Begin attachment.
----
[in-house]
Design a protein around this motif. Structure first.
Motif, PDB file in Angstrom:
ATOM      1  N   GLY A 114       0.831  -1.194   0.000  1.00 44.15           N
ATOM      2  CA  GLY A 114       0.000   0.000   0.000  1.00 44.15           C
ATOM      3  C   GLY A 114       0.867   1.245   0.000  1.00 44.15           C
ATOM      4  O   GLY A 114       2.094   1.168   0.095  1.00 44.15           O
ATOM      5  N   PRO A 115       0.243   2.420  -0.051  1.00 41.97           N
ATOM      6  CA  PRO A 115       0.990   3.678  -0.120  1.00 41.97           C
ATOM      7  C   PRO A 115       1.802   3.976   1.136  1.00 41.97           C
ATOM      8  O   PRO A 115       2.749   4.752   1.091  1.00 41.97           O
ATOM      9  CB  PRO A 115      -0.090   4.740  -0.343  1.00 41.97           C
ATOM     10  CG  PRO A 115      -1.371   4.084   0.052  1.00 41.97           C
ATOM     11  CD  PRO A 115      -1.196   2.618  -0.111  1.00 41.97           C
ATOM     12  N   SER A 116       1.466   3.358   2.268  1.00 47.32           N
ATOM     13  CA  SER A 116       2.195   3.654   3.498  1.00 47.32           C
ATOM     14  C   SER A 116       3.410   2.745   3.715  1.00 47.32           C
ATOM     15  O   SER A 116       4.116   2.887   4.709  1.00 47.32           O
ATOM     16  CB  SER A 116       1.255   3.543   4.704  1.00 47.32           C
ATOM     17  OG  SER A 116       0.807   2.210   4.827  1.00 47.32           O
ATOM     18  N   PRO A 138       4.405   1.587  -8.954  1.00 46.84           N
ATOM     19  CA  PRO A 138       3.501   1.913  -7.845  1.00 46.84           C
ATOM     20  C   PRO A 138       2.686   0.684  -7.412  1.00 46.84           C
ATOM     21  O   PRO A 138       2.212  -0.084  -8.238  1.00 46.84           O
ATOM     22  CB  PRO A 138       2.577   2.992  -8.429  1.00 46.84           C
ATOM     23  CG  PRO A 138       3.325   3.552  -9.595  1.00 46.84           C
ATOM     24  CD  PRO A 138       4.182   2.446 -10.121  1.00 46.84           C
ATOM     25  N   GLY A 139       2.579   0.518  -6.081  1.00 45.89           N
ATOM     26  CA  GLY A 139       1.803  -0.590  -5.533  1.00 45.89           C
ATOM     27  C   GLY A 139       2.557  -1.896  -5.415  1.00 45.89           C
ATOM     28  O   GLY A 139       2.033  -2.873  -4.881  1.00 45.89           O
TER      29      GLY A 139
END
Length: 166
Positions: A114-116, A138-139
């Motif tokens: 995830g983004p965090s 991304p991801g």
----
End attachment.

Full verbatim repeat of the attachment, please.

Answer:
[in-house]
Design a protein around this motif. Structure first.
Motif, PDB file in Angstrom:
ATOM      1  N   GLY A 114       0.831  -1.194   0.000  1.00 44.15           N
ATOM      2  CA  GLY A 114       0.000   0.000   0.000  1.00 44.15           C
ATOM      3  C   GLY A 114       0.867   1.245   0.000  1.00 44.15           C
ATOM      4  O   GLY A 114       2.094   1.168   0.095  1.00 44.15           O
ATOM      5  N   PRO A 115       0.243   2.420  -0.051  1.00 41.97           N
ATOM      6  CA  PRO A 115       0.990   3.678  -0.120  1.00 41.97           C
ATOM      7  C   PRO A 115       1.802   3.976   1.136  1.00 41.97           C
ATOM      8  O   PRO A 115       2.749   4.752   1.091  1.00 41.97           O
ATOM      9  CB  PRO A 115      -0.090   4.740  -0.343  1.00 41.97           C
ATOM     10  CG  PRO A 115      -1.371   4.084   0.052  1.00 41.97           C
ATOM     11  CD  PRO A 115      -1.196   2.618  -0.111  1.00 41.97           C
ATOM     12  N   SER A 116       1.466   3.358   2.268  1.00 47.32           N
ATOM     13  CA  SER A 116       2.195   3.654   3.498  1.00 47.32           C
ATOM     14  C   SER A 116       3.410   2.745   3.715  1.00 47.32           C
ATOM     15  O   SER A 116       4.116   2.887   4.709  1.00 47.32           O
ATOM     16  CB  SER A 116       1.255   3.543   4.704  1.00 47.32           C
ATOM     17  OG  SER A 116       0.807   2.210   4.827  1.00 47.32           O
ATOM     18  N   PRO A 138       4.405   1.587  -8.954  1.00 46.84           N
ATOM     19  CA  PRO A 138       3.501   1.913  -7.845  1.00 46.84           C
ATOM     20  C   PRO A 138       2.686   0.684  -7.412  1.00 46.84           C
ATOM     21  O   PRO A 138       2.212  -0.084  -8.238  1.00 46.84           O
ATOM     22  CB  PRO A 138       2.577   2.992  -8.429  1.00 46.84           C
ATOM     23  CG  PRO A 138       3.325   3.552  -9.595  1.00 46.84           C
ATOM     24  CD  PRO A 138       4.182   2.446 -10.121  1.00 46.84           C
ATOM     25  N   GLY A 139       2.579   0.518  -6.081  1.00 45.89           N
ATOM     26  CA  GLY A 139       1.803  -0.590  -5.533  1.00 45.89           C
ATOM     27  C   GLY A 139       2.557  -1.896  -5.415  1.00 45.89           C
ATOM     28  O   GLY A 139       2.033  -2.873  -4.881  1.00 45.89           O
TER      29      GLY A 139
END
Length: 166
Positions: A114-116, A138-139
């Motif tokens: 995830g983004p965090s 991304p991801g």